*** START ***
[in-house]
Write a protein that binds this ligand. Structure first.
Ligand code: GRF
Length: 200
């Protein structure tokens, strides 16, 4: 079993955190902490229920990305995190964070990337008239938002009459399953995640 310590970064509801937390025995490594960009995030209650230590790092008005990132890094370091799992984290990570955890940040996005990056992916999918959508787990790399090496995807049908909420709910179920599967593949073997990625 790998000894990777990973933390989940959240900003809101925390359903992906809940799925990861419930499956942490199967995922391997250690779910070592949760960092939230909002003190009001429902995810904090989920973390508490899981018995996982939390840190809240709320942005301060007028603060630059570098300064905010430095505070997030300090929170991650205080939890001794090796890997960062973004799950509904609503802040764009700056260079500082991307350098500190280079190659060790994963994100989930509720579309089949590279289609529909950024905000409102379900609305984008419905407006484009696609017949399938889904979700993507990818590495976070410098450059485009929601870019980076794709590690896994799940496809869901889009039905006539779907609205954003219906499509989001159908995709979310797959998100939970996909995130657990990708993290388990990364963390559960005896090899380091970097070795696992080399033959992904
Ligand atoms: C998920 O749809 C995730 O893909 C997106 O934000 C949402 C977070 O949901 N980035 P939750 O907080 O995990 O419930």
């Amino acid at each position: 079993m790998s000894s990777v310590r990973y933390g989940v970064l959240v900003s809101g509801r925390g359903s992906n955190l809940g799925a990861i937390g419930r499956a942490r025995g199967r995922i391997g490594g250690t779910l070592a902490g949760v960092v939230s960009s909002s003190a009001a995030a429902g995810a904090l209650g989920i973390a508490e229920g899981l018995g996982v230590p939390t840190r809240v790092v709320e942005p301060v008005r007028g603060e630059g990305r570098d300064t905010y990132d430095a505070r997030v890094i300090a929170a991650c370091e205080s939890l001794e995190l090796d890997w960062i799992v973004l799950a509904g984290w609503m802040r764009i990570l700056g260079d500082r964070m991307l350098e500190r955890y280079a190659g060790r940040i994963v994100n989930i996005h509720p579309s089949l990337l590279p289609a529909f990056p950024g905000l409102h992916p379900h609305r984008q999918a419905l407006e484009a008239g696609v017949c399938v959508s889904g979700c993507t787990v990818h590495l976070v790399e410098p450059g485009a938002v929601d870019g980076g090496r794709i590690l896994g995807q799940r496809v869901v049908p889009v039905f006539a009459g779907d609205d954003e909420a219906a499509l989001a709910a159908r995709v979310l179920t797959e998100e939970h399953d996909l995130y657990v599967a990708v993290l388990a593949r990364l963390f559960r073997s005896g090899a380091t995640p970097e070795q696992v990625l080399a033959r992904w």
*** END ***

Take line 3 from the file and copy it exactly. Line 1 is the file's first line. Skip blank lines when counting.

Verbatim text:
Ligand code: GRF